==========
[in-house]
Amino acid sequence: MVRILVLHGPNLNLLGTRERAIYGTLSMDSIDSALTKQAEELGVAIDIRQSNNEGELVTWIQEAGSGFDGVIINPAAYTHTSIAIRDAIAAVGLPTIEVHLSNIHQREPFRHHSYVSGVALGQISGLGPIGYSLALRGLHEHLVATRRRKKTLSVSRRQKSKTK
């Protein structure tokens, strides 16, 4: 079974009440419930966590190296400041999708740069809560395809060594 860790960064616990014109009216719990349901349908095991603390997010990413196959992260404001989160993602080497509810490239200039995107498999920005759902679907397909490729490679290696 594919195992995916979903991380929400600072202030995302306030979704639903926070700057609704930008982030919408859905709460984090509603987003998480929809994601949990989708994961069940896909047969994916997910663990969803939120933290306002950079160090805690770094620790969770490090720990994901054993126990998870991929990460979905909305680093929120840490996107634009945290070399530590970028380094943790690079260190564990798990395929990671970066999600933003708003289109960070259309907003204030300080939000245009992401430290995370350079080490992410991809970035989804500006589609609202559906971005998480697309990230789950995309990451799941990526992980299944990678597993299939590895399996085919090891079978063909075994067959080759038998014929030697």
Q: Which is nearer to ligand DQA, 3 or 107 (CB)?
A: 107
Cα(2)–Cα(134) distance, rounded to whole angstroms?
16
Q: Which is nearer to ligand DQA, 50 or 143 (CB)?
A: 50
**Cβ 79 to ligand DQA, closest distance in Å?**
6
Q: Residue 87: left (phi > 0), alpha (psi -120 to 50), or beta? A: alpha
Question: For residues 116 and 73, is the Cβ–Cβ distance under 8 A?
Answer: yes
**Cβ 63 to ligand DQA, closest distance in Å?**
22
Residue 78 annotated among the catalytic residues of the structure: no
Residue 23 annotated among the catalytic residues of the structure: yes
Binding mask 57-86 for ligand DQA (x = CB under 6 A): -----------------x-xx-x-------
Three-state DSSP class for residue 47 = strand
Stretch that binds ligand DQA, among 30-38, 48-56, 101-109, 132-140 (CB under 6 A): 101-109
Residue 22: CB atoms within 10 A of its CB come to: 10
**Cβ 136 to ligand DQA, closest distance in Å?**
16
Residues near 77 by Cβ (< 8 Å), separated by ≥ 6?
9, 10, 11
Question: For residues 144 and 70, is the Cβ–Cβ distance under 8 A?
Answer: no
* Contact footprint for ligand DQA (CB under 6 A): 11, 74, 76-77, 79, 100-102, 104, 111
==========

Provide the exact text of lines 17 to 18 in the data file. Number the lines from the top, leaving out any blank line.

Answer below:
Residue 78 annotated among the catalytic residues of the structure: no
Residue 23 annotated among the catalytic residues of the structure: yes